Thousands upon thousands of years ago, in Ireland and Scotland and Wales, there were no Starbucks coffee houses. The townspeople passed the time by working on their farms and milking sheep, or whatever it was that townsfolk would do. So, for the people living thousands of years ago, harvest-time was a pretty big deal and the 31st of October was just another day of celebration, another day of harvest. Unfortunately, there will always be that one guy who wants to screw everything up and in ancient Ireland and Scotland and Wales, that one guy was actually large groups of superstitious people who believed that the faeries would come out and the souls of the dead would return on October 31st, looking for bodies to possess. You know, that one guy.

This idea that the spirits of the dead would return was not as kooky as it may sound. November second, two days after Halloween, was regarded by the Roman Catholic Church as All Souls’ Day, where it was custom to honor the lives of those who had passed onto the next life. Some church folks would go from door to door and mutter prayers for those who had died. But as far as the groups of one guys were concerned, souls were not something to celebrate, but to fear.

“Tommy’s dad never did like me,” one might have said. “I bet he’d like to inhabit my body and devour my soul.”

Whether their thought process was logical or not, they would brandish torches and loud voices instead of prayer. They saw it as their duty to fend off the wayward spirits and souls of the dead — to protect the living — and they’d fill the streets with blundering noise in an attempt to scare off the supernatural.images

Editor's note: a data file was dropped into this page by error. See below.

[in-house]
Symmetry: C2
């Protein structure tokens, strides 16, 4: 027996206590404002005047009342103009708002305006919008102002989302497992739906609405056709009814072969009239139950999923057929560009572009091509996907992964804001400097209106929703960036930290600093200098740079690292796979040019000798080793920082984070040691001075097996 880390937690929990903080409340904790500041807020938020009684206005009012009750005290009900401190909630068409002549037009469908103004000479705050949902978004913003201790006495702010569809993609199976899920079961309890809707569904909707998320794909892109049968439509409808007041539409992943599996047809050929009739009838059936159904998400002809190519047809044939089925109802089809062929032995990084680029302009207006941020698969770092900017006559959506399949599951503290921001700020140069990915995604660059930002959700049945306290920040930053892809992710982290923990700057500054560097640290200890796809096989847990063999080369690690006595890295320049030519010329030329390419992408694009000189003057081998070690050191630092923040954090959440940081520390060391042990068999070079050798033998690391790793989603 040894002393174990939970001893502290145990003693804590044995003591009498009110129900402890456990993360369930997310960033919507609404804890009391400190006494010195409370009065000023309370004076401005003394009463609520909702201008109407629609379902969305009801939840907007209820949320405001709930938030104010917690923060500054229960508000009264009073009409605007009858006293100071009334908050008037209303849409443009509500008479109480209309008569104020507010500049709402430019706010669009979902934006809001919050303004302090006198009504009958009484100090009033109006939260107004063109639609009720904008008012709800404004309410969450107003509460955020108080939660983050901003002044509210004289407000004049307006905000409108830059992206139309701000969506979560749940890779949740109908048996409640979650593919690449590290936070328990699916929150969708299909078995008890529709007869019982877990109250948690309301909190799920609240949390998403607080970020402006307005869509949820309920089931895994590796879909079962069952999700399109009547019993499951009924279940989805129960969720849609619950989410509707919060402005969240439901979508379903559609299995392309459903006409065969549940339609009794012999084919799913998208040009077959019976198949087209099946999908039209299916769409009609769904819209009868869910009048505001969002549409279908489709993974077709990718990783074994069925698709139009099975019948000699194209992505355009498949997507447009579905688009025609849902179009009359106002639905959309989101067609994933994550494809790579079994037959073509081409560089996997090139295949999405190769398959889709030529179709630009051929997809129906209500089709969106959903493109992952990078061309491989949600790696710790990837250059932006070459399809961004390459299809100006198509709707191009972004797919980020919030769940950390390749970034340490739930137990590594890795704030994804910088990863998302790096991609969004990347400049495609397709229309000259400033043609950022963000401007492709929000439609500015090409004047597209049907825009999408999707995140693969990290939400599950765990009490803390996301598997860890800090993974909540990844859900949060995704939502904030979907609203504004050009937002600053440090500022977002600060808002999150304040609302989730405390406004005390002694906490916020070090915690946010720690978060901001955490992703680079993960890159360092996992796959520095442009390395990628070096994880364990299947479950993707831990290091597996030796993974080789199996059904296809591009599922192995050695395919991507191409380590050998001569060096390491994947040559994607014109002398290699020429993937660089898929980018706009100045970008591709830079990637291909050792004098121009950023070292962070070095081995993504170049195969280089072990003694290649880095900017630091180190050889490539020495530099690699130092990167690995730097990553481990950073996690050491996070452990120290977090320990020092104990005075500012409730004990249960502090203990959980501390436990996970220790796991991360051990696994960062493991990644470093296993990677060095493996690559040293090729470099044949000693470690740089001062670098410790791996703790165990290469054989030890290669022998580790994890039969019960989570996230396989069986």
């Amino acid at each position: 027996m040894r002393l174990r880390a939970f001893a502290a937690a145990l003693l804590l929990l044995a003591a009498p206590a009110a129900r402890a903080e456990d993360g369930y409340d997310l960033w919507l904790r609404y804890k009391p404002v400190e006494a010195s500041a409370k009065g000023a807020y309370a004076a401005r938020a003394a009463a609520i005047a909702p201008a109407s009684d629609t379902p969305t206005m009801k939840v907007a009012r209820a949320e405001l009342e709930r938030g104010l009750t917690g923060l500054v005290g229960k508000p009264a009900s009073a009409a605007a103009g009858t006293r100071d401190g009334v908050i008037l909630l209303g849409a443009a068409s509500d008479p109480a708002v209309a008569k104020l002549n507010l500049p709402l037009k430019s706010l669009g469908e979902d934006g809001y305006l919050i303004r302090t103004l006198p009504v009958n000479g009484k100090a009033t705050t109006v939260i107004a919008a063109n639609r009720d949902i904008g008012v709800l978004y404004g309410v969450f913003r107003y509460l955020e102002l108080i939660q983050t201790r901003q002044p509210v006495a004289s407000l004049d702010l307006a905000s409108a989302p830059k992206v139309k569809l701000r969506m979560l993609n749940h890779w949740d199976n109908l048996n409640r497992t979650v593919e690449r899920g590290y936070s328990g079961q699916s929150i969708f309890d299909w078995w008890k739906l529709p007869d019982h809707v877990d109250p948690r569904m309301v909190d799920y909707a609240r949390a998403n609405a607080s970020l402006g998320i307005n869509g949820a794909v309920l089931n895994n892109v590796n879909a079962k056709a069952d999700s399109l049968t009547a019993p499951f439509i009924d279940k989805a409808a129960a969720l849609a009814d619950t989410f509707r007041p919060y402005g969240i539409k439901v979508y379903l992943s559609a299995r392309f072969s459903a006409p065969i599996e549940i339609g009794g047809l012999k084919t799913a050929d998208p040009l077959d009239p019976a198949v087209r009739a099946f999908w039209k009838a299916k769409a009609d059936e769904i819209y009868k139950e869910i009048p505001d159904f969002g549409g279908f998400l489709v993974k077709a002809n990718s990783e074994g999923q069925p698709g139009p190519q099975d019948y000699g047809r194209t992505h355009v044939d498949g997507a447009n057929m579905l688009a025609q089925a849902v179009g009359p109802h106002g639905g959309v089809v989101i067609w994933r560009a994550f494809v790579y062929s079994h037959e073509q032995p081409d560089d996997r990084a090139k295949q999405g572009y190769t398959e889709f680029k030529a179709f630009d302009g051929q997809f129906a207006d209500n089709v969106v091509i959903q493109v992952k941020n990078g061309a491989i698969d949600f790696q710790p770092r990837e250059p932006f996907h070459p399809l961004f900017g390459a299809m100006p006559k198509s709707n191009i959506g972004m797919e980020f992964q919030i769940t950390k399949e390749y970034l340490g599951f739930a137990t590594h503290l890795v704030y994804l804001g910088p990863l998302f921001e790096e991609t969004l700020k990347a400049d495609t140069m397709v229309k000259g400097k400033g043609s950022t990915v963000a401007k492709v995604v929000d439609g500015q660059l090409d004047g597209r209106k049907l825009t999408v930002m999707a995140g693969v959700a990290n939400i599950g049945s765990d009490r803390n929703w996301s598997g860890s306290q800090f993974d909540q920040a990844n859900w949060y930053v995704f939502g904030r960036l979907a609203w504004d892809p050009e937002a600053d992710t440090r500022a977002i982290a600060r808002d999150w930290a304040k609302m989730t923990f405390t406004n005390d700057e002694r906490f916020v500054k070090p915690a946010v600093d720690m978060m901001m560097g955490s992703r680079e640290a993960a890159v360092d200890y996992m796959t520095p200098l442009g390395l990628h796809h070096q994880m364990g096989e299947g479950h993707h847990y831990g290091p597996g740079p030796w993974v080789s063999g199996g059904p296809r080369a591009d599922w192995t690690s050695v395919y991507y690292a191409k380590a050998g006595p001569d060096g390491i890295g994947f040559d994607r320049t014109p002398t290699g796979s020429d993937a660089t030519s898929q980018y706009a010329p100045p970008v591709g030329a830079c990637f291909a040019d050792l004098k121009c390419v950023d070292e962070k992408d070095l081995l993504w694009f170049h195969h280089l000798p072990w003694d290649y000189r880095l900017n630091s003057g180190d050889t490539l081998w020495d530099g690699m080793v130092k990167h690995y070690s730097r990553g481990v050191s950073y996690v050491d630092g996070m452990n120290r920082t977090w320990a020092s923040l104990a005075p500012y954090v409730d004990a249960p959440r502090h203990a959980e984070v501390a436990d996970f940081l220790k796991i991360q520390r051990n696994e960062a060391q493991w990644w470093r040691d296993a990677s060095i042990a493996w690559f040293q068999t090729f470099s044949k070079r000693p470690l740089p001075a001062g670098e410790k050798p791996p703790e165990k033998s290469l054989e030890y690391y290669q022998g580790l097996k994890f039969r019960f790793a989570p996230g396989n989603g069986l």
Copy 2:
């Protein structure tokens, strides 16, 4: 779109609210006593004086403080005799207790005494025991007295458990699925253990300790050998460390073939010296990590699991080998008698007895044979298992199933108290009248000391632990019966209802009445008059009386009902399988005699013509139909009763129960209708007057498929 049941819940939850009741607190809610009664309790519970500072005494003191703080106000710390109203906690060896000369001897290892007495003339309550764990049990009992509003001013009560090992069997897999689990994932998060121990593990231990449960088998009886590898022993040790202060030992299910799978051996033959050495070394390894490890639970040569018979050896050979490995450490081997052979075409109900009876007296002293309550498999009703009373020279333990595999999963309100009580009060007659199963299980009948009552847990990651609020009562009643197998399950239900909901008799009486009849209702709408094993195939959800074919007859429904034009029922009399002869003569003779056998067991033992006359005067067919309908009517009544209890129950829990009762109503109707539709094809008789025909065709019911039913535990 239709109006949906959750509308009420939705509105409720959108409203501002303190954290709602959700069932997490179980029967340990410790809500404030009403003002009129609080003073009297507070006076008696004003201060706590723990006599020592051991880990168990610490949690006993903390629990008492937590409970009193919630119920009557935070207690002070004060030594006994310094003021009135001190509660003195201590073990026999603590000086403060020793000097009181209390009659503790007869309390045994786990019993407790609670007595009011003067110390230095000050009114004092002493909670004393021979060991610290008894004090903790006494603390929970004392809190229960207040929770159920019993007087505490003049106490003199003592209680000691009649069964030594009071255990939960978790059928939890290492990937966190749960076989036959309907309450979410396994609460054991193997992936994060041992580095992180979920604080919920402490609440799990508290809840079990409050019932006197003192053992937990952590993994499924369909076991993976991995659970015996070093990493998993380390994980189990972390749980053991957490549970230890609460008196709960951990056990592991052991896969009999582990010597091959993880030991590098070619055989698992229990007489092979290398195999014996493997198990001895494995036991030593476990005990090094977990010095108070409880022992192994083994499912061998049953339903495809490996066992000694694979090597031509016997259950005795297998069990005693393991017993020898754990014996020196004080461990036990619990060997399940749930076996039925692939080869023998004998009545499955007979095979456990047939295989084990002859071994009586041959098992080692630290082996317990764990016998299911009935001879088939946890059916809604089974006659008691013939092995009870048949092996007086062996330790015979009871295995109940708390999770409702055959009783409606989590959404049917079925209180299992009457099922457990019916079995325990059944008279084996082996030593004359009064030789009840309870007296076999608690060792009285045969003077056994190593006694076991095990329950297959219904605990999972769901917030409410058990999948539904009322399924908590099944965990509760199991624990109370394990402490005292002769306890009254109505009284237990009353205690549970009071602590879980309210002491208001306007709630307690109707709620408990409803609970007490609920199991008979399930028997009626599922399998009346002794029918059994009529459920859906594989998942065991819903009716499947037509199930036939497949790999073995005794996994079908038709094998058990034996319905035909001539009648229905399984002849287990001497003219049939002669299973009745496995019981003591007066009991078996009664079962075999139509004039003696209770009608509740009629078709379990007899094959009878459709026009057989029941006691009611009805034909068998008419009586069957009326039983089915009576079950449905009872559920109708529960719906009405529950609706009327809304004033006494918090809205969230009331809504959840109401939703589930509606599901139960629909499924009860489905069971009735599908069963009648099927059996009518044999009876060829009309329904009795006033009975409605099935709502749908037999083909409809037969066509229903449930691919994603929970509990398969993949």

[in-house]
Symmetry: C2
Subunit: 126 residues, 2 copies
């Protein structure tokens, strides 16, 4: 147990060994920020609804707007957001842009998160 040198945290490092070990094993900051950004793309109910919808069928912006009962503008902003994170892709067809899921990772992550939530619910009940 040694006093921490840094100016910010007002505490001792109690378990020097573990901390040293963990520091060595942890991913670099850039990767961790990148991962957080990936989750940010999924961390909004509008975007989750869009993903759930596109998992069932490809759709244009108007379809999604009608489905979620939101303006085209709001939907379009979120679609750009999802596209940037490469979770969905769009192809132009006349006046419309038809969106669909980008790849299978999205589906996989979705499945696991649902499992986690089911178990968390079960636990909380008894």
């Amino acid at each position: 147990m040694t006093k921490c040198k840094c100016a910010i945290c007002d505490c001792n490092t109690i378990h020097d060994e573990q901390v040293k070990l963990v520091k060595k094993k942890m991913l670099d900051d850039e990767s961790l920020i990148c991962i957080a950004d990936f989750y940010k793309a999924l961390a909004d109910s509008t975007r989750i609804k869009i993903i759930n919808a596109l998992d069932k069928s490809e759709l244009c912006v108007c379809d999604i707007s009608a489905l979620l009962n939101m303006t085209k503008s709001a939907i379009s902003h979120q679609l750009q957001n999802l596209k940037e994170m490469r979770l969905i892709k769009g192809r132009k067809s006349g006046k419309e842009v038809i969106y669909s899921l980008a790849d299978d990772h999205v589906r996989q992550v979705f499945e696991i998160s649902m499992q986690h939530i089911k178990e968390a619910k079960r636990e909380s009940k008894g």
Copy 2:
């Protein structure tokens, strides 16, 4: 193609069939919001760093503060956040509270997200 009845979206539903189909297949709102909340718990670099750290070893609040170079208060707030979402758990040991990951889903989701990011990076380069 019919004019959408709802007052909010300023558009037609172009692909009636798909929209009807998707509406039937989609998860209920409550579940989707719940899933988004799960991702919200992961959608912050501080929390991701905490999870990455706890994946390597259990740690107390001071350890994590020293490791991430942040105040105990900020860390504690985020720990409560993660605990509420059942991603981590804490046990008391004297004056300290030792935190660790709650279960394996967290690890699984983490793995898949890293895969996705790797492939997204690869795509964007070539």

Over time, many people stopped being so superstitious and thanks to grocery stores and preservatives and worldwide shipping, harvest was mostly forgotten about and now we can have apples and corn all year long. Consequently, the one guy has had to evolve into a much different species to annoy people in 2015, but that’s a different story for a different time.

As more time went on, pumpkin-spice lattes were created, and so were Starbucks, and now there is no autumn without them. There’s nothing spookier than spending ten dollars on a coffee, right?

This year, as you parade around town in your ‘80s-themed costumes (yikes!) or your skeletal face makeup, just keep in the back of your mind the real purpose — to scare away spirits to make sure they don’t steal the bodies of your family members. Maybe All Hallow’s Eve is your favorite holiday, maybe you really do believe in faeries and that black cats will bring you bad luck. As you celebrate Halloween, remember all the people who have lived and died, think of their mega-great-grandchildren and how the times are changing. No matter whether you’ll be on your knees begging for candy or warding off ghosts, at least you’ll be able to dress up like your favorite-whatever while you do it.

Lastly, as watered-down as this holiday gets, your life is probably better than having to milk chickens every day and being made to change the horse straw. And if you have nothing else to be excited for besides an extra ten dollars, you can go get yourself a pumpkin-spice latte.

Amelia Lowry is a Sophomore at Barbara Ingram School for the Arts